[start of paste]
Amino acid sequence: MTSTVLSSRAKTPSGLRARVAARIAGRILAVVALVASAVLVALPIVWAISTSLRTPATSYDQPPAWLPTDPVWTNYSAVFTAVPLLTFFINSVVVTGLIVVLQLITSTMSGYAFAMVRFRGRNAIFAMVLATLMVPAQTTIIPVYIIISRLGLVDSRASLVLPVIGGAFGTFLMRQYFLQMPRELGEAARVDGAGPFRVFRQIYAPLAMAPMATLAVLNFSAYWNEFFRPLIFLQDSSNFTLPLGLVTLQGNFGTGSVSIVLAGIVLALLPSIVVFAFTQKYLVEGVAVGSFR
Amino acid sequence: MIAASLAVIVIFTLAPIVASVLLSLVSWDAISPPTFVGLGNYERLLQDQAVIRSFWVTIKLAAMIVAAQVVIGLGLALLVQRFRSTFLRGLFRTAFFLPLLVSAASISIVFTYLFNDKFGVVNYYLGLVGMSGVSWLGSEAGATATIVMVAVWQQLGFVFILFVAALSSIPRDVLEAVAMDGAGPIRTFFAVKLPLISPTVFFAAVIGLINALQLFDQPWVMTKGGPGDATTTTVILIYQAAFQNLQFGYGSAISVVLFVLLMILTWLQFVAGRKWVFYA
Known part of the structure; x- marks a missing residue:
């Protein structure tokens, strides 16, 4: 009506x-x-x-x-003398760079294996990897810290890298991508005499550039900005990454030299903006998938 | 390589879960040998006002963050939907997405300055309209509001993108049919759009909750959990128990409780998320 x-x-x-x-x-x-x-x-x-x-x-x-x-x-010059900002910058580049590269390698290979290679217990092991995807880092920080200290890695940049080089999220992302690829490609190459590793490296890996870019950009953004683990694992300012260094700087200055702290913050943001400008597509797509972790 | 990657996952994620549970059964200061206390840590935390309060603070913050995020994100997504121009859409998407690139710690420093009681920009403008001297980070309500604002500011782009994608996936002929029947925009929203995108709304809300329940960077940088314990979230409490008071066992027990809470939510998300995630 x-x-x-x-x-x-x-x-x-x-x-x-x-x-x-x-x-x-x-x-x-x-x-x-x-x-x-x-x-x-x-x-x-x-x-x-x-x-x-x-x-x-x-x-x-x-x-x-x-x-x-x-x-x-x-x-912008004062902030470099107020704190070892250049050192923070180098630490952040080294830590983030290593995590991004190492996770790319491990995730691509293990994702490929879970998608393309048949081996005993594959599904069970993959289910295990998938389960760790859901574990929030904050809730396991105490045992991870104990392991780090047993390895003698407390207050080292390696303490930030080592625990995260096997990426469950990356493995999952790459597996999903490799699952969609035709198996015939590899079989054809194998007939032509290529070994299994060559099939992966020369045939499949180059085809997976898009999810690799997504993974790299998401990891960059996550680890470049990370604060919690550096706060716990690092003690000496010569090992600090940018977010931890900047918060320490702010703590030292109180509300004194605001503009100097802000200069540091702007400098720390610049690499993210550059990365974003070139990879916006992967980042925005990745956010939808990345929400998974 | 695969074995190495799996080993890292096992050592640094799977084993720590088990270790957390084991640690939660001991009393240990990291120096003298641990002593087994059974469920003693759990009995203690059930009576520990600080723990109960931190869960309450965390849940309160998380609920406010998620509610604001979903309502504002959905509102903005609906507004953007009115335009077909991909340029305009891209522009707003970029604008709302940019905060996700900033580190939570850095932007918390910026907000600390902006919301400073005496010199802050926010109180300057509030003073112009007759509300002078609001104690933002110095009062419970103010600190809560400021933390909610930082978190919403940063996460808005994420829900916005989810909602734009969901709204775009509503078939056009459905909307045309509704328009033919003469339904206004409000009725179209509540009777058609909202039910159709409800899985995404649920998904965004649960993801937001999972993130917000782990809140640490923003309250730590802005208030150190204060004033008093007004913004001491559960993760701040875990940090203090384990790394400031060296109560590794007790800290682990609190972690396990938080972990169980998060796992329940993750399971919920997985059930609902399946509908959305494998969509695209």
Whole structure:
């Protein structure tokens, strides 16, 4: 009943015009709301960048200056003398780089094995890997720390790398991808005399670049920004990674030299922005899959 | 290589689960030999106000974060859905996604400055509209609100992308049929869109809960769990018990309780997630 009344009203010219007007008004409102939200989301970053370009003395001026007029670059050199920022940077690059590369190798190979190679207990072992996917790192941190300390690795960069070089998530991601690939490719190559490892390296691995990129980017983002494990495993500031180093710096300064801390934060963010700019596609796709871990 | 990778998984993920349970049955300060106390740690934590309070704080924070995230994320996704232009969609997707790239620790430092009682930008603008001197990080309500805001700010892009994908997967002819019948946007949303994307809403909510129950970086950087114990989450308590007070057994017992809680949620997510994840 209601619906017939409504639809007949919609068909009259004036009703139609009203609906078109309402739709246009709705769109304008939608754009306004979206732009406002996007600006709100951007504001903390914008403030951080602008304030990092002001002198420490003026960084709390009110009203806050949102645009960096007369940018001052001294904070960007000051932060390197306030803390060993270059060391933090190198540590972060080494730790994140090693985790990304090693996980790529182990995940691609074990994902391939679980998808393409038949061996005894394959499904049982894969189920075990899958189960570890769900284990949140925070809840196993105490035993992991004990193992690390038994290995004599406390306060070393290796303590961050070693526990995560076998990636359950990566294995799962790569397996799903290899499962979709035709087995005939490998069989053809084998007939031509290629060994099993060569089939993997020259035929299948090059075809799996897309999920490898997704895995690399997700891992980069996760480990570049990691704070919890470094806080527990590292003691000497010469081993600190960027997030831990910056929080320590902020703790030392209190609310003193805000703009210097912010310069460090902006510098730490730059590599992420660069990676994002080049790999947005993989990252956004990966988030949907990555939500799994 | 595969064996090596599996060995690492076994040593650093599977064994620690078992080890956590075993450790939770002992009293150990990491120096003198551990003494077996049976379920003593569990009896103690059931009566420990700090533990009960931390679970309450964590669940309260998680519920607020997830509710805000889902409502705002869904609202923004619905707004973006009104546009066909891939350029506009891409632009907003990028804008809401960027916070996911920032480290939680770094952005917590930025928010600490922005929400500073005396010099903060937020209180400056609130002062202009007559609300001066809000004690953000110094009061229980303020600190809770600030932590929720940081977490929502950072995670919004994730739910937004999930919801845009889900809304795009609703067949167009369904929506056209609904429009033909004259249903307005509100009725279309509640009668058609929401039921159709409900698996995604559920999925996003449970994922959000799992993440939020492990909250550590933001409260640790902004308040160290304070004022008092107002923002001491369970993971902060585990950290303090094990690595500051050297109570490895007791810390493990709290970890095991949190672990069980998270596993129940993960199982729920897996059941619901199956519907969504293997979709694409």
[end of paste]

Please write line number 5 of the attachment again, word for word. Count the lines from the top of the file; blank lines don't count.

Whole structure: